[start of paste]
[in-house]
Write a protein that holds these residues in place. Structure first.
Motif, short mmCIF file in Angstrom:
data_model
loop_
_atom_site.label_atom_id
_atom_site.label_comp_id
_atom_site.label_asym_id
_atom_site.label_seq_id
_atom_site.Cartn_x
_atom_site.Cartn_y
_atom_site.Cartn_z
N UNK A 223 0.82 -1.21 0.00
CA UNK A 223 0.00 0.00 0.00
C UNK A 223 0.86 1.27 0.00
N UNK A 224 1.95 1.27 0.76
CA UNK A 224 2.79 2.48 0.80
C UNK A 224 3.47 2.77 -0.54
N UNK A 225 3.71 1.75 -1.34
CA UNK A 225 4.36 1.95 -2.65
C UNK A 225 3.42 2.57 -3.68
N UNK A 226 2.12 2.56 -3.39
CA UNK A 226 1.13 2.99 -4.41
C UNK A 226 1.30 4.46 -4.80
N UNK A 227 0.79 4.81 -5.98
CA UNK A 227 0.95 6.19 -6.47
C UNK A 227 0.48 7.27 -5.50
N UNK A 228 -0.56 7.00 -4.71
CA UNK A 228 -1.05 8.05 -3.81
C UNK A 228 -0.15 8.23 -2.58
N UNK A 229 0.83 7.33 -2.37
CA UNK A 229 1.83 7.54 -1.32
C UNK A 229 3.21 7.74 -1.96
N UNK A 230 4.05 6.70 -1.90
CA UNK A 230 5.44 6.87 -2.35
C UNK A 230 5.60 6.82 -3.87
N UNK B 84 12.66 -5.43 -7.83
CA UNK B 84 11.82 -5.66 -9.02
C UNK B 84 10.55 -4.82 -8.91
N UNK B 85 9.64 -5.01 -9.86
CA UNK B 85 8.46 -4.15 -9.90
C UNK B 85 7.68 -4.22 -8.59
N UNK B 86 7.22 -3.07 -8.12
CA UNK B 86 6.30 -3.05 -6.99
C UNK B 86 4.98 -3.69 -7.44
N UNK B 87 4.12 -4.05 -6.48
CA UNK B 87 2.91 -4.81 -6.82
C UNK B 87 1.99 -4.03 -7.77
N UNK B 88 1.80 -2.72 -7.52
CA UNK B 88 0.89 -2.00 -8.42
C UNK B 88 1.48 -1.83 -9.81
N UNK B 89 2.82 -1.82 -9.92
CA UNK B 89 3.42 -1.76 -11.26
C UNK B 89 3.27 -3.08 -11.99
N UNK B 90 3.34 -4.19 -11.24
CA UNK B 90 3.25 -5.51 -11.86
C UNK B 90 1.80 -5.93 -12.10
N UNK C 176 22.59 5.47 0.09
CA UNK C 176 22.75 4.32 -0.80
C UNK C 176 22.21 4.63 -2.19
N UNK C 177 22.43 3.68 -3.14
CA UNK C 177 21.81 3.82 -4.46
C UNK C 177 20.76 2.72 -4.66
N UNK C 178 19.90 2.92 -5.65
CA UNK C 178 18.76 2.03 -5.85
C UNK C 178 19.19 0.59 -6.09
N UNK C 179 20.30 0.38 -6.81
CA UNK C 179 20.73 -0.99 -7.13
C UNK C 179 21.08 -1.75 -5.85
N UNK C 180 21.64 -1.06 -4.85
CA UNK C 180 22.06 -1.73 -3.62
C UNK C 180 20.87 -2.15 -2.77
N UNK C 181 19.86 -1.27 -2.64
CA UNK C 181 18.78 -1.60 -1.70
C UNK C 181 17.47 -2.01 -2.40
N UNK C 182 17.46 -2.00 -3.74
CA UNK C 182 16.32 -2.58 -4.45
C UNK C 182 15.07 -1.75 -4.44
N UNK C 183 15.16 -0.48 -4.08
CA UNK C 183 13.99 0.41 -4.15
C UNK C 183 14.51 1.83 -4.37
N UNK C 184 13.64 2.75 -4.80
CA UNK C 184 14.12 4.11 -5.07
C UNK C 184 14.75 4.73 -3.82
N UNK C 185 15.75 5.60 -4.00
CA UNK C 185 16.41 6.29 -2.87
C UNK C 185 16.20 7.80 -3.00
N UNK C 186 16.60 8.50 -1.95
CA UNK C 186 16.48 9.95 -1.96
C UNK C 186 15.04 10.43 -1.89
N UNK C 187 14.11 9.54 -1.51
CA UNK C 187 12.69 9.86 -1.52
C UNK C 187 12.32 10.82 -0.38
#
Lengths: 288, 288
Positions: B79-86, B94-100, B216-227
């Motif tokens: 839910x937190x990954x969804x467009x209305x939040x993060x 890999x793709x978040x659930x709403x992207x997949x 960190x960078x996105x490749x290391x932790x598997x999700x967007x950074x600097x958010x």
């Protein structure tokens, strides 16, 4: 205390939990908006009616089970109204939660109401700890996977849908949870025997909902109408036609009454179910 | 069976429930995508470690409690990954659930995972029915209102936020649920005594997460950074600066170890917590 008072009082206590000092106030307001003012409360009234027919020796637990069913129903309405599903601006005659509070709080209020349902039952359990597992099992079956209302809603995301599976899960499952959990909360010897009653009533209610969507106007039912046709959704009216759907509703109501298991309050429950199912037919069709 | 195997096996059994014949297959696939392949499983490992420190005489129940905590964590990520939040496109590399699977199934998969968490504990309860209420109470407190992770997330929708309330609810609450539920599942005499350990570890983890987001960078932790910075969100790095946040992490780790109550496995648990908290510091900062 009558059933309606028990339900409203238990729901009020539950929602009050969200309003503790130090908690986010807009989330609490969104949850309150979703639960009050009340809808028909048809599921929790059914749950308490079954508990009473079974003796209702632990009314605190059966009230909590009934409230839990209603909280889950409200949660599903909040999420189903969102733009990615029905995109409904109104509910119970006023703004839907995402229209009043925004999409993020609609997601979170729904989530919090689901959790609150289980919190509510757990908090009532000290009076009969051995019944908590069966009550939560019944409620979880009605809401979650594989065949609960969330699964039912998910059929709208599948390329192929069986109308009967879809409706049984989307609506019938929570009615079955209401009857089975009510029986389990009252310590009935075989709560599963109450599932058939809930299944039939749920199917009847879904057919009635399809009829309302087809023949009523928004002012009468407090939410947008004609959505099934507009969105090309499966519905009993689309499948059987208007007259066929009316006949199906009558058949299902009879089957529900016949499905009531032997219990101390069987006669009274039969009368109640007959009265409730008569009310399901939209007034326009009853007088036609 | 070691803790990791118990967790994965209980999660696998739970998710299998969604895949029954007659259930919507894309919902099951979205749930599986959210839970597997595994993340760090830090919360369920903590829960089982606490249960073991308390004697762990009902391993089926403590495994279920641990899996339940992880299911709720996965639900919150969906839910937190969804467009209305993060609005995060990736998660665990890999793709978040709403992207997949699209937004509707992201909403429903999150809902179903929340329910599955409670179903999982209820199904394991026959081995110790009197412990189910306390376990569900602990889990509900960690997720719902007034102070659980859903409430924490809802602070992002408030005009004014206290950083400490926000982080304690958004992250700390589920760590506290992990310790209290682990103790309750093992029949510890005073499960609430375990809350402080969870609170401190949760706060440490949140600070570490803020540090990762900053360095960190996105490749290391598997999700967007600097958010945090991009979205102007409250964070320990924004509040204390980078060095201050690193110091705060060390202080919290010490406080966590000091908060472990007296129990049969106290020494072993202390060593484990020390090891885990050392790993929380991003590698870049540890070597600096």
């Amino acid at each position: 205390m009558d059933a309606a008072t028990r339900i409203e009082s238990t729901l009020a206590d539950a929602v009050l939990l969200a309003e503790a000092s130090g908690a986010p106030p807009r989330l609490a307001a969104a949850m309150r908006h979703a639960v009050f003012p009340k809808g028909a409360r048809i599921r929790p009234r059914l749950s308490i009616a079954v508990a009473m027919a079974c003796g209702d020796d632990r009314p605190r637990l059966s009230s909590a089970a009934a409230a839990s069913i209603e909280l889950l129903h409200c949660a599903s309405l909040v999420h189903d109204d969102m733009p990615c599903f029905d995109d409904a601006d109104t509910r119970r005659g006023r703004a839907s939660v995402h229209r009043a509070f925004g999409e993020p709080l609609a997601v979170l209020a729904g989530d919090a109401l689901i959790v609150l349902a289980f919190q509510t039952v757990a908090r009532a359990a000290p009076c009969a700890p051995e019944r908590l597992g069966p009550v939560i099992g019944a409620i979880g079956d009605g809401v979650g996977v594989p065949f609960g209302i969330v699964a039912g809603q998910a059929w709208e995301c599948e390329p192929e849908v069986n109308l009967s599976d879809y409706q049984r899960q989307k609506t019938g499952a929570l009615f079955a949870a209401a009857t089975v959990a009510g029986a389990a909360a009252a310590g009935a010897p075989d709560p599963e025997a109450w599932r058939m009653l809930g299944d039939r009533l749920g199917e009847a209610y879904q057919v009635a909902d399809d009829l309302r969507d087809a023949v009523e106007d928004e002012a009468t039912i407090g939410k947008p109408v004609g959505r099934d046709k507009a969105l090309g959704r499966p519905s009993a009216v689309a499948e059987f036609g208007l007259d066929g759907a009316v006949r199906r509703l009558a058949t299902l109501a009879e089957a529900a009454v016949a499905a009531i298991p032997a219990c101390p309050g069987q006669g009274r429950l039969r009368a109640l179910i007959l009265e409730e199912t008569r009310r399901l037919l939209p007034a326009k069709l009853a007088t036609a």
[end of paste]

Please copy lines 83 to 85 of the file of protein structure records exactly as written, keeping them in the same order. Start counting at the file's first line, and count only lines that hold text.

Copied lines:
CA UNK C 184 14.12 4.11 -5.07
C UNK C 184 14.75 4.73 -3.82
N UNK C 185 15.75 5.60 -4.00